Use this URL to cite or link to this record in EThOS:
Title: Miniaturised opto-fluidic systems for cell manipulation and analysis
Author: Zarowna-Dabrowska, Alicja
ISNI:       0000 0004 2739 5479
Awarding Body: University of Strathclyde
Current Institution: University of Strathclyde
Date of Award: 2011
Availability of Full Text:
Access from EThOS:
Access from Institution:
This PhD research project aimed to develop miniaturised opto-fluidic systems for cell manipulation and analysis which are essential for new medical technologies. These miniaturised systems have distinctive advantages over traditional analysis tools such as faster assays, smaller size, lower cost and much lower sample consumption. In this work, three miniaturised systems were achieved. The first system, miniaturised optoelectronic tweezers (OET), was developed by using a CMOS-controlled GaN micro-light emitting diode (micro-LED) array as an integrated micro-light source. It was demonstrated for the first time that with the spatio-temporal and intensity controllabilities of the emission pattern, the green micro-LEDs are capable of creating reconfigurable virtual electrodes to achieve optoelectronic tweezing. The second system, a miniaturised cell analysis platform, used piezoelectric printing to create micro-patterns of proteins onto a new type of non-adhesive surface, which was then integrated with a microfluidic device. The printed protein pattern has a higher resolution in comparison with previous reported results and remained stable even after extensive washing. Cells seeded on these patterns formed well defined micro-arrays which were successfully used for toxicity studies. The cell micro-arrays were also integrated with a microfluidic device. The third system developed was a miniaturised local cell fluorescence analysis platform. In this system, micro-LEDs with a dedicated thin-film filter and a lens were integrated with a microfluidic network to achieve efficient local fluorescence excitation and detection. By using this system, fluorescence from individual cells has been successfully detected. With their distinctive advantages, the new miniaturised systems developed in this work offer a wide range of clinical and bio-applications.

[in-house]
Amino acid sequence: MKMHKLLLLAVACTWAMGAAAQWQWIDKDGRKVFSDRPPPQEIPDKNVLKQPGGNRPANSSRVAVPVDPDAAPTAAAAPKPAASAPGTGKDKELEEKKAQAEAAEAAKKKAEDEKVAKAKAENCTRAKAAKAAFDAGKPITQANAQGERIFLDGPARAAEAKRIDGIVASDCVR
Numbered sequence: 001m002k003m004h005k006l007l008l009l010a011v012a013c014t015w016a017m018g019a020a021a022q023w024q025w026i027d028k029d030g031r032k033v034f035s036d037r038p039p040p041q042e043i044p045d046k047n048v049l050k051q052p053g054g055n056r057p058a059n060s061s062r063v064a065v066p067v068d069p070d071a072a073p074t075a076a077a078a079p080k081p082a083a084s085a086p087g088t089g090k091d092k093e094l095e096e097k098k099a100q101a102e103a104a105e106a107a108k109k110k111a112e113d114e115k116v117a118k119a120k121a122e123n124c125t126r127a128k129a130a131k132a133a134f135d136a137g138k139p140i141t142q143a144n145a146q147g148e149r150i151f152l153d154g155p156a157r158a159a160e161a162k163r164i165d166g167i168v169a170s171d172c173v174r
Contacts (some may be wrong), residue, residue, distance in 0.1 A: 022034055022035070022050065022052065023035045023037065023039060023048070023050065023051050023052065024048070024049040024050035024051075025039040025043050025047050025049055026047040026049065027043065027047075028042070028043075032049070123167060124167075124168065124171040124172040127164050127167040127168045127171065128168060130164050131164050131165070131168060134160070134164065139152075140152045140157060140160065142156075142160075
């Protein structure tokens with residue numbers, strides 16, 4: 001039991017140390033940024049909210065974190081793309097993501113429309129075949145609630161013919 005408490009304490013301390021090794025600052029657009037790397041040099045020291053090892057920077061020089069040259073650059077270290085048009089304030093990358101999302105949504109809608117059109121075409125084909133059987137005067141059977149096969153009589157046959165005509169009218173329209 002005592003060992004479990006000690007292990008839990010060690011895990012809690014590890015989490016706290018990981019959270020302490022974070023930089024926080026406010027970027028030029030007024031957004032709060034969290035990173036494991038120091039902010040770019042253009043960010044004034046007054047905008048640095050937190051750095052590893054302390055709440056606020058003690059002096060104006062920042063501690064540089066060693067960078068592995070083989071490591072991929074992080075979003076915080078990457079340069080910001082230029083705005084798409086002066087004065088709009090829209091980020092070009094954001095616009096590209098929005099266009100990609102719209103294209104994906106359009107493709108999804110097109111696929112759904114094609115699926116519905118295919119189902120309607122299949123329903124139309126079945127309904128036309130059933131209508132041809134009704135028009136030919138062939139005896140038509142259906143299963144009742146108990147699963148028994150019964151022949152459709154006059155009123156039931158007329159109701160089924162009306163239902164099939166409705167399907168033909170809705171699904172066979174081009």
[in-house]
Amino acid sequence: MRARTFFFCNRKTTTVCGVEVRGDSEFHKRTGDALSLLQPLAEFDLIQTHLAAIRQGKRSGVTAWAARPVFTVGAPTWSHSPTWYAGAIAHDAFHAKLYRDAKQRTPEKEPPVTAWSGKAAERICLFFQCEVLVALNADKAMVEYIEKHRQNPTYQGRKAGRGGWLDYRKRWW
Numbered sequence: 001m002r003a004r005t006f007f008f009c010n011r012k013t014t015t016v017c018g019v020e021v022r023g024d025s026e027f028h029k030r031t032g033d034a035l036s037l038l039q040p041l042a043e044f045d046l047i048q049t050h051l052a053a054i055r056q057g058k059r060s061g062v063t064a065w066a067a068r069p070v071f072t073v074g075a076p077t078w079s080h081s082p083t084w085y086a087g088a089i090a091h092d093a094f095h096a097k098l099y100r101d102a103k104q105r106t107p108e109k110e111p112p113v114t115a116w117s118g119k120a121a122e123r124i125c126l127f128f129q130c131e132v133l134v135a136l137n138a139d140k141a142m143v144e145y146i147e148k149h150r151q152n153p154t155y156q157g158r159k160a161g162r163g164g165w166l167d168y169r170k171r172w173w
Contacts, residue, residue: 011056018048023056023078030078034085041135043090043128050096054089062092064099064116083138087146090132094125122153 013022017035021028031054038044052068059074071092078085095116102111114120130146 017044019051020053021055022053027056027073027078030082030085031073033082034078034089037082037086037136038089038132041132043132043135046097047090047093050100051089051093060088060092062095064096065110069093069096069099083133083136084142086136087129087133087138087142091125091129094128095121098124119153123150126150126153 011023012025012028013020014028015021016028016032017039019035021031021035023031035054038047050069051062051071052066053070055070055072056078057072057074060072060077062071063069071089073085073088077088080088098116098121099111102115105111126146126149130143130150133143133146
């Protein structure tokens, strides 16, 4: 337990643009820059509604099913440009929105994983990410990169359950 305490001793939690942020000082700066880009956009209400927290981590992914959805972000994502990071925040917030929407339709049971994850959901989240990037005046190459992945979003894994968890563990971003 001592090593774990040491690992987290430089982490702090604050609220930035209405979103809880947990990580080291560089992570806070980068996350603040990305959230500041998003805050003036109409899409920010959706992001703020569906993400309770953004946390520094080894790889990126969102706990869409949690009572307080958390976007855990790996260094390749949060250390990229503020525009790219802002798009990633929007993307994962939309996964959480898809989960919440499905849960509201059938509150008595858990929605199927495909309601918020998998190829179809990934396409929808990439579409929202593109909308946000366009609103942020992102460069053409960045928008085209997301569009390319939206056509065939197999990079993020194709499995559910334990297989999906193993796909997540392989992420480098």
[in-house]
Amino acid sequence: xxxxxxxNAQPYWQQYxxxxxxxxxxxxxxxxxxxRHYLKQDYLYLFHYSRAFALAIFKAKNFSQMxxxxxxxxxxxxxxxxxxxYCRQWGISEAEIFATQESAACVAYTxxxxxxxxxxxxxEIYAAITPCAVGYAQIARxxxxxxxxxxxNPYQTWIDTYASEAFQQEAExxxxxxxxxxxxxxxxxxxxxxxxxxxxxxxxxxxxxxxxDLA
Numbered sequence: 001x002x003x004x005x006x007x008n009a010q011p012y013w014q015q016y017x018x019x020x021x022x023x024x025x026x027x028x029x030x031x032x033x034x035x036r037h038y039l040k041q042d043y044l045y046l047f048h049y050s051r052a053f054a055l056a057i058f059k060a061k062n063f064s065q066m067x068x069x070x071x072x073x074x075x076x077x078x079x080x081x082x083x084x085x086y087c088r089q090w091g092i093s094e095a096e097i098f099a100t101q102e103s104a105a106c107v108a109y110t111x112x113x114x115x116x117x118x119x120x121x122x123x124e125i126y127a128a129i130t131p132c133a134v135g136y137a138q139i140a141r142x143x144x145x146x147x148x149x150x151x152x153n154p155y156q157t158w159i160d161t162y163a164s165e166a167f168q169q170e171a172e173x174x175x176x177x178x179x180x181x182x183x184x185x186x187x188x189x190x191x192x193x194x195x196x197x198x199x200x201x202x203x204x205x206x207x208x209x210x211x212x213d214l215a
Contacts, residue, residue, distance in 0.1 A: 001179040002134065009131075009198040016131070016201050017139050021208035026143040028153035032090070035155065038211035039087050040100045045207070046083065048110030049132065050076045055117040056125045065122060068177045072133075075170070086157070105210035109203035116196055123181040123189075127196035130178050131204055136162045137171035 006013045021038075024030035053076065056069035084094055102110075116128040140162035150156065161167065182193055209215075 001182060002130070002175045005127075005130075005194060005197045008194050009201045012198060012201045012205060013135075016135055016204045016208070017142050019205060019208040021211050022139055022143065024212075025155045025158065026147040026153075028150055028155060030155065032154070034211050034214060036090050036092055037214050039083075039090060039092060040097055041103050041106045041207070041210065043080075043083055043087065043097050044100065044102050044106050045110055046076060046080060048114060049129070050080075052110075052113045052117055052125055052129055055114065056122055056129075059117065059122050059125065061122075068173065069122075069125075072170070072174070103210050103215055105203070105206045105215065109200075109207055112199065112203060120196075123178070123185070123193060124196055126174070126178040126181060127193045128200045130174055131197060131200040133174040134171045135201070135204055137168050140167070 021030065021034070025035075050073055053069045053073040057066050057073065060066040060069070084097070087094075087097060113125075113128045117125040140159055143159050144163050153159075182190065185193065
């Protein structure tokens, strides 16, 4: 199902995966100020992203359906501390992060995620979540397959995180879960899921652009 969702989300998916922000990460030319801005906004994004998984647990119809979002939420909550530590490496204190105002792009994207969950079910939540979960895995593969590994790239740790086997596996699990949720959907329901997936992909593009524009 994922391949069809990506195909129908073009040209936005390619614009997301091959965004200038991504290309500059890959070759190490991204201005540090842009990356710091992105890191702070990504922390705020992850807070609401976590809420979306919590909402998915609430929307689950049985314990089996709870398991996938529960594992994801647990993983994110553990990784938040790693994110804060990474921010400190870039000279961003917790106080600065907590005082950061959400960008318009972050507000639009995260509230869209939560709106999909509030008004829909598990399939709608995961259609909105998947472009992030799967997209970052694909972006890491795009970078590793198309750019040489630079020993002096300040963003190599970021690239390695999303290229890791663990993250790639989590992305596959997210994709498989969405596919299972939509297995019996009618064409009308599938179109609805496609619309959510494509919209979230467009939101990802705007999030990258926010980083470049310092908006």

Supervisor: Not available Sponsor: Not available
Qualification Name: Thesis (Ph.D.) Qualification Level: Doctoral
EThOS ID:  DOI: Not available